- Clearing the Bench, Part 2
- February 6, 2015
- Law Firm: Alston Hunt Floyd Ing Attorneys At Law A Law Corporation - Honolulu Office
In a previous post, we discussed the dismal prospect of losing an Article III judgeship in the District of Hawai`i by the year 2017 in Clearing the Bench, Part 1. U.S. District Court Judge Susan Oki Mollway and U.S. Magistrate Judge Barry Kurren covered the topic before the Federal Bar Association - Hawai`i chapter.
The judges also talked about the potential loss of a magistrate judgeship by the same deadline. While that scenario is thankfully a little less complicated, it is somewhat similar. There is a judge (Judge Kurren) who will soon be eligible for retirement. If he stays for another term, the spot will be preserved. But if he retires, his position may be lost to the bench.
Magistrate judges are not lifetime appointees. They serve for eight-year terms. When a magistrate judge’s term expires and he or she is not reappointed to another term, then there is a vacancy in that position. Until recently, vacancies did not create much of an issue, and district courts could fill them with new judges. Unlike district court judges, whom the president nominates and the senate approves, the district courts themselves appoint magistrate judges in a statutorily-guided process. Recently, however, magistrate judge vacancies have been subject to new nationwide scrutiny of the necessity of magistrate judgeships.
The Court anticipates that it will have issues obtaining reauthorization for Judge Kurren’s position when it becomes vacant because it ran into the same problem a few years ago when Judge Kobayashi went from a magistrate judgeship to a district judgeship. When there is a vacancy in a magistrate judge position, a commission of the federal judicial conference must reapprove the seat before it is filled. That is no longer an easy process, and the commission has been examining in detail the court’s need for the position. When a vacancy occurred when Judge Kobayashi became an Article III judge, the magistrate judgeship was reauthorized by only one vote on the Commission. Given that there is already quite a high ratio of magistrate judges to Article III judges on the District of Hawaii, and that the District’s docket is not particularly busy right now, there is a substantial risk that the commission will not reauthorize the position. At this point it is likely that the Commission would decide the issue in June 2016.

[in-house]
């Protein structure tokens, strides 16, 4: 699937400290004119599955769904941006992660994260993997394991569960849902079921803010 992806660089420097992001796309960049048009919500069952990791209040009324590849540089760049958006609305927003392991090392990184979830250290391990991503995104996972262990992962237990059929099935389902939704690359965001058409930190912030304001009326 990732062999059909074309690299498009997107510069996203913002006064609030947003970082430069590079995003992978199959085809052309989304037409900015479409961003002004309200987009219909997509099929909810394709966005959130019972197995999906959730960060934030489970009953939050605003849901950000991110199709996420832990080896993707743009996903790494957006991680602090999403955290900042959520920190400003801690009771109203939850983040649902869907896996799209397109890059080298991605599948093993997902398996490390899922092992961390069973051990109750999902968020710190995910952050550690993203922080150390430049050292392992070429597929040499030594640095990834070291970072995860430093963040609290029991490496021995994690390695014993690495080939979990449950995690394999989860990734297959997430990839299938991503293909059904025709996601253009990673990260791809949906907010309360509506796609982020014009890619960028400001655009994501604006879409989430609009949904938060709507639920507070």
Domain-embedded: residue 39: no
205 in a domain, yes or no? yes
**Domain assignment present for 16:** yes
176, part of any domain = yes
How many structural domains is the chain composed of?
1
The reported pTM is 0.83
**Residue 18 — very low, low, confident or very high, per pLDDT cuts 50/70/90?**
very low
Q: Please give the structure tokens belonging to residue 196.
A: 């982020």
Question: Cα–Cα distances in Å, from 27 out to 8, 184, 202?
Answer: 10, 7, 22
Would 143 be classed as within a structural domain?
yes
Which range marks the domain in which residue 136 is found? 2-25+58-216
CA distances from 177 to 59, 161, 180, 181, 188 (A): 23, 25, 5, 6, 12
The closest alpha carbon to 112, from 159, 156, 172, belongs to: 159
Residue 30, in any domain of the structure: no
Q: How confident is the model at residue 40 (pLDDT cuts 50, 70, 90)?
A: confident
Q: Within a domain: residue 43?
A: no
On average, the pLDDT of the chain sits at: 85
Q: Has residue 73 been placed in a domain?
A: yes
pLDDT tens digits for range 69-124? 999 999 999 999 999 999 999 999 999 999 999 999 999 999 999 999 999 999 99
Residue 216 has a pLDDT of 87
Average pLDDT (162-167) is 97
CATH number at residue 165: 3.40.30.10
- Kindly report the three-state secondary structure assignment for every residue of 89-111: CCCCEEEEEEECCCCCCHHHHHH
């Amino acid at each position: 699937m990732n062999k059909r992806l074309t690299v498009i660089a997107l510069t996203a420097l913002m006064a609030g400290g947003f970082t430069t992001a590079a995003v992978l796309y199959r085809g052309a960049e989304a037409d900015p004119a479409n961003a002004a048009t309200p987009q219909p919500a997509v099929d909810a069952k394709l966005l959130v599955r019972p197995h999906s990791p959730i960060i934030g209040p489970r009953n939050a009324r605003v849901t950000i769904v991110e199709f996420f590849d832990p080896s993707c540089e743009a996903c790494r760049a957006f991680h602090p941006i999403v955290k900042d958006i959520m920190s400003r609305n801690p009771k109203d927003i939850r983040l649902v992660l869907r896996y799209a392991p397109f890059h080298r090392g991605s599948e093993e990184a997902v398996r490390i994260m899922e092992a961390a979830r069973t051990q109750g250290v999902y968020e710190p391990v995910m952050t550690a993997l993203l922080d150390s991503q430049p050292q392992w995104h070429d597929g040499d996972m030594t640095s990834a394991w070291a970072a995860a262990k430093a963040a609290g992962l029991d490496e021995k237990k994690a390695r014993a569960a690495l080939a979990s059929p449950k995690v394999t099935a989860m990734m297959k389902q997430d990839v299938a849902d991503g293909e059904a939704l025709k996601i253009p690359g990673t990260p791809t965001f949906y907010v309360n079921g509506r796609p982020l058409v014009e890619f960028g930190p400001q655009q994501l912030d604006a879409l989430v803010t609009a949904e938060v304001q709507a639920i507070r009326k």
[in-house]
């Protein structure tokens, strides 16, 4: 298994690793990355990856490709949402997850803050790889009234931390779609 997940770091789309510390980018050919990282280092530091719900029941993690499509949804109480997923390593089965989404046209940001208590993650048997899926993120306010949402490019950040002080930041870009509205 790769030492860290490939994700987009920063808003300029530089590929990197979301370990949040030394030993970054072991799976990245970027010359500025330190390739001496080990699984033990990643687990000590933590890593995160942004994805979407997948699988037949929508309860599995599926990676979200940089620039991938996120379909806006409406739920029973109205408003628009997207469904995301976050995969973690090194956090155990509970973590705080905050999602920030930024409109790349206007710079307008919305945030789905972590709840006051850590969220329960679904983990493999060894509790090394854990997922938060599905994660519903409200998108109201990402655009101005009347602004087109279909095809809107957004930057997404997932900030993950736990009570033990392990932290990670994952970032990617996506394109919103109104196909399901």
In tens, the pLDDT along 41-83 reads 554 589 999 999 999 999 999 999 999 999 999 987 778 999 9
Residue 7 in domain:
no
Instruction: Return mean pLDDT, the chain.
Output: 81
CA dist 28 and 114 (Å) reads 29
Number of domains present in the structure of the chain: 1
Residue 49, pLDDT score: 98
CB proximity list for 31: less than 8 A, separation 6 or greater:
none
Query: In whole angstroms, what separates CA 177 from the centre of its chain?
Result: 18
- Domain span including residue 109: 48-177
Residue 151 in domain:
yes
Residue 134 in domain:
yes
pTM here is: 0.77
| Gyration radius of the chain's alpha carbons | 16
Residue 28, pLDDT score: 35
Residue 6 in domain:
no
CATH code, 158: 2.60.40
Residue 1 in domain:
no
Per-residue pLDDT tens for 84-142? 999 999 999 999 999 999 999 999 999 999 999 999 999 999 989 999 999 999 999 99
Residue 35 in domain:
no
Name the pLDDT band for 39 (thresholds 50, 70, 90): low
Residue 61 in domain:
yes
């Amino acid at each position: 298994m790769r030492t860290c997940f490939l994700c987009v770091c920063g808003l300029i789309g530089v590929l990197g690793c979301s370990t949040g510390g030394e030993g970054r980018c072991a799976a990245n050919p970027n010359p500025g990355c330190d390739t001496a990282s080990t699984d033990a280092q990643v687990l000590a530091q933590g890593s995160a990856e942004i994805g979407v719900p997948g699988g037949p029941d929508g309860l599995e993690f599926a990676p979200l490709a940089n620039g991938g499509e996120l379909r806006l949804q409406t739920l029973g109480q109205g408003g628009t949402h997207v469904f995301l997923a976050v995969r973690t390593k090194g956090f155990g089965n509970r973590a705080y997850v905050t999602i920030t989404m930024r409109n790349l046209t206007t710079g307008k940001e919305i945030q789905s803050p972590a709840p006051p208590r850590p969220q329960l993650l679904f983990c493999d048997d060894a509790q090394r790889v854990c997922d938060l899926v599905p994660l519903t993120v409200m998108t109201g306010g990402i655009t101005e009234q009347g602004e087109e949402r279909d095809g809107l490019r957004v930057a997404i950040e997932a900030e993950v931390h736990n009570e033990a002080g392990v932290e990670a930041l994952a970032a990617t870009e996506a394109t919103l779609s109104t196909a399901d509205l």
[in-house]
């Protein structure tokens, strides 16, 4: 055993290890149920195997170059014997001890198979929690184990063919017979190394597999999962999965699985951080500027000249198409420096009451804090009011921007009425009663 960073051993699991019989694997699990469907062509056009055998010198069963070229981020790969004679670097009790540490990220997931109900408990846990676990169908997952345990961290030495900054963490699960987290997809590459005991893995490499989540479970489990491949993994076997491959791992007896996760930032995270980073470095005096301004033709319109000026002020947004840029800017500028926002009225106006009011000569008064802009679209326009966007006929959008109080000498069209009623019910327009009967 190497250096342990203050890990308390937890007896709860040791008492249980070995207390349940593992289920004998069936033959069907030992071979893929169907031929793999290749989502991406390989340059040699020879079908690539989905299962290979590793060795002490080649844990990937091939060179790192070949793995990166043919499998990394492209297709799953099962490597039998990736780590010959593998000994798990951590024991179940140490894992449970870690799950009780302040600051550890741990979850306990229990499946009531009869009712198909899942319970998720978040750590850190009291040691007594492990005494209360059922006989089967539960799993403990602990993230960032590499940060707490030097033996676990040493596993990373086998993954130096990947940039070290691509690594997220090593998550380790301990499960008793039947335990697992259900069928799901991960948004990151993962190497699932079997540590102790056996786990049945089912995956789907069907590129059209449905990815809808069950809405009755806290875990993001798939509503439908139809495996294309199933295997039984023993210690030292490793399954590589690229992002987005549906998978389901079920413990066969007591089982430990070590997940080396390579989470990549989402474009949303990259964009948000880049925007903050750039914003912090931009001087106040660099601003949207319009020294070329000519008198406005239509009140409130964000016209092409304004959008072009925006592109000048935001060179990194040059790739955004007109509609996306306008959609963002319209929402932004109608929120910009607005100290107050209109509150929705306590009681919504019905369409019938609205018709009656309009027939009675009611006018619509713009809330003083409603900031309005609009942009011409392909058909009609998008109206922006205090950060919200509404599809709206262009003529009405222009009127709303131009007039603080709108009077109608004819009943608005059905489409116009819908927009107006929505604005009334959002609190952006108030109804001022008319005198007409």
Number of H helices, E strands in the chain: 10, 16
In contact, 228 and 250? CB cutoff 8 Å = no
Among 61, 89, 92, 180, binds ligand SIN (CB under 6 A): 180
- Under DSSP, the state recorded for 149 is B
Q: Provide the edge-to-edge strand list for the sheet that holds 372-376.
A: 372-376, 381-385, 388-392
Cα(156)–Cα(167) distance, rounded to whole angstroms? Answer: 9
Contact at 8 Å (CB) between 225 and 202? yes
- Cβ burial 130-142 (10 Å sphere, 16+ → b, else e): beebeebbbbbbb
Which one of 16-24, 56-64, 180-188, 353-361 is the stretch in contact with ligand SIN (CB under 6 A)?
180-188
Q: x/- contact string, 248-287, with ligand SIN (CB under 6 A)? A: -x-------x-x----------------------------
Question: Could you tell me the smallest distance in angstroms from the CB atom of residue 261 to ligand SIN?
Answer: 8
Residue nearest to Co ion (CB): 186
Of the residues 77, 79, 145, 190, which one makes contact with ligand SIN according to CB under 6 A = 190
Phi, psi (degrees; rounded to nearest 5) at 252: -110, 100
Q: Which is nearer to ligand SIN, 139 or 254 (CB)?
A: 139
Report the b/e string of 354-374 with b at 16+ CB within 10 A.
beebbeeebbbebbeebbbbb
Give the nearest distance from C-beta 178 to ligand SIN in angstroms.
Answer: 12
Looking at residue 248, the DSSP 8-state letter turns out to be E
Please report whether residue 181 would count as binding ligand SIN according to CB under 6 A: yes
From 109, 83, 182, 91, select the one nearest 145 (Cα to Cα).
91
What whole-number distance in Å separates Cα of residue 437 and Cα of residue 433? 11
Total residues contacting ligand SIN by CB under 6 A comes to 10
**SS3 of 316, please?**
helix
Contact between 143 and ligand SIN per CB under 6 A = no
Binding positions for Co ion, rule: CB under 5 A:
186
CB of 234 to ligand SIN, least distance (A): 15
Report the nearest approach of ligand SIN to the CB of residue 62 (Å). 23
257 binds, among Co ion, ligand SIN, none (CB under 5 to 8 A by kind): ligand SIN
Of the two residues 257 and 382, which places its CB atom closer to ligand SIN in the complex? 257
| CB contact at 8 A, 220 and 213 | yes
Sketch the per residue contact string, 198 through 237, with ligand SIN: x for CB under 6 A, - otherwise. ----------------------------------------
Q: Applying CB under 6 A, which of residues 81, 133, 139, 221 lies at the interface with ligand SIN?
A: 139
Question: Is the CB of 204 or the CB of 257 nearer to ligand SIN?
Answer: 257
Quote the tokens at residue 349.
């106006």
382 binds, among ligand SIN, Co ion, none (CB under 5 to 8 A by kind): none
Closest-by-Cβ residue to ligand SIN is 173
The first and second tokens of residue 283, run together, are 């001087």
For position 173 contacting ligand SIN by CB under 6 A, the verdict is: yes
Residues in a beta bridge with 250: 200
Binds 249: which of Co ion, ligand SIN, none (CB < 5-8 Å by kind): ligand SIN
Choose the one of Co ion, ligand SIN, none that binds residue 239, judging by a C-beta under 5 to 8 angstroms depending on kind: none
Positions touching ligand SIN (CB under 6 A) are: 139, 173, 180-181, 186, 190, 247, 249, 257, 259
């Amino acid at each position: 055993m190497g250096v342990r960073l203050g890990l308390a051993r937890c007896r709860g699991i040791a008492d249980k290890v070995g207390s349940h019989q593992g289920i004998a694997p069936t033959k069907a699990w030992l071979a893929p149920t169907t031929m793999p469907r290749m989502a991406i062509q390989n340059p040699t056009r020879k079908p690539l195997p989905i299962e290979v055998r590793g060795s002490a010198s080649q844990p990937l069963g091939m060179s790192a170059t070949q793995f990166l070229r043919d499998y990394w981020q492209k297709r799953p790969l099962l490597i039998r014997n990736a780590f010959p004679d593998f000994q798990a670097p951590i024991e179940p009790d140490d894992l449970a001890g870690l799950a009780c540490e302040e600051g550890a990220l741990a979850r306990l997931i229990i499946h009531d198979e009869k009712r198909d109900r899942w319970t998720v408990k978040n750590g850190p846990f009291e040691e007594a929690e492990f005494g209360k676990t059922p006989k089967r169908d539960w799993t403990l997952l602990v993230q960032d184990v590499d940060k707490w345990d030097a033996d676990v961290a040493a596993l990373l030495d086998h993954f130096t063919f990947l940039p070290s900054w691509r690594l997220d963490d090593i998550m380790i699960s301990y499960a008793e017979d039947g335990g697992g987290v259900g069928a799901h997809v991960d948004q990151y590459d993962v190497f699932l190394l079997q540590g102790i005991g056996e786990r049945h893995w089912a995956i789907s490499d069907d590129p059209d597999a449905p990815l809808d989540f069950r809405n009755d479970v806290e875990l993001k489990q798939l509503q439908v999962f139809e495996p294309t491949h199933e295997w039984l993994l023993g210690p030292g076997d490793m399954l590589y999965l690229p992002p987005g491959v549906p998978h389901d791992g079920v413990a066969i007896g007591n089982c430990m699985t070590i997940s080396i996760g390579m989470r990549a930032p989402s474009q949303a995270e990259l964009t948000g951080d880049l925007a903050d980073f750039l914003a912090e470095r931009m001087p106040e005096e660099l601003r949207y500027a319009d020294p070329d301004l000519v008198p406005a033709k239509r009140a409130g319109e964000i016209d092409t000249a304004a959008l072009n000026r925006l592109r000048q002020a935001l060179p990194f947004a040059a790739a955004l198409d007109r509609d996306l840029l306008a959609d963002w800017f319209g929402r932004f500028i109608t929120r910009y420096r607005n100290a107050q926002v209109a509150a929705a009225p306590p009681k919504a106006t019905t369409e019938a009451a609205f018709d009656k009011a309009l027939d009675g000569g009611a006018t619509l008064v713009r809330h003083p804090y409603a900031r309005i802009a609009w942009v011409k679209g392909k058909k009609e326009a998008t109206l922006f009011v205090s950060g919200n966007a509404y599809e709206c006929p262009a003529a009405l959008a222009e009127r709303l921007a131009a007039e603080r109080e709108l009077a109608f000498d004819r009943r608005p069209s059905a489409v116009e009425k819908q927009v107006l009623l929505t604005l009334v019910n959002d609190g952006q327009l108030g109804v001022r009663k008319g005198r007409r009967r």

If Judge Kurren does not retire and seeks another eight-year term, there will not be a vacancy that raises these issues. That scenario, however, would mean that Judge Kurren has to commit to another term that would begin when he is 65 years old, and he will also forego tax benefits that he would otherwise realize by retiring. Judge Kurren also has an option of taking a semi-retirement status that would allow the court to recall him from time to time to alleviate its caseload. If he decides to do so, however, it lowers the likelihood that the Commission will reauthorize the vacancy to be filled by a new full-time magistrate judge.
On the (somewhat) bright side, if the Court’s docket gets much busier in a few years, it is an easier (but not easy) process for obtaining another magistrate judgeship than an Article III position. In any case, by about this time next year, the Judicial Conference will decide the fate of the magistrate judge position.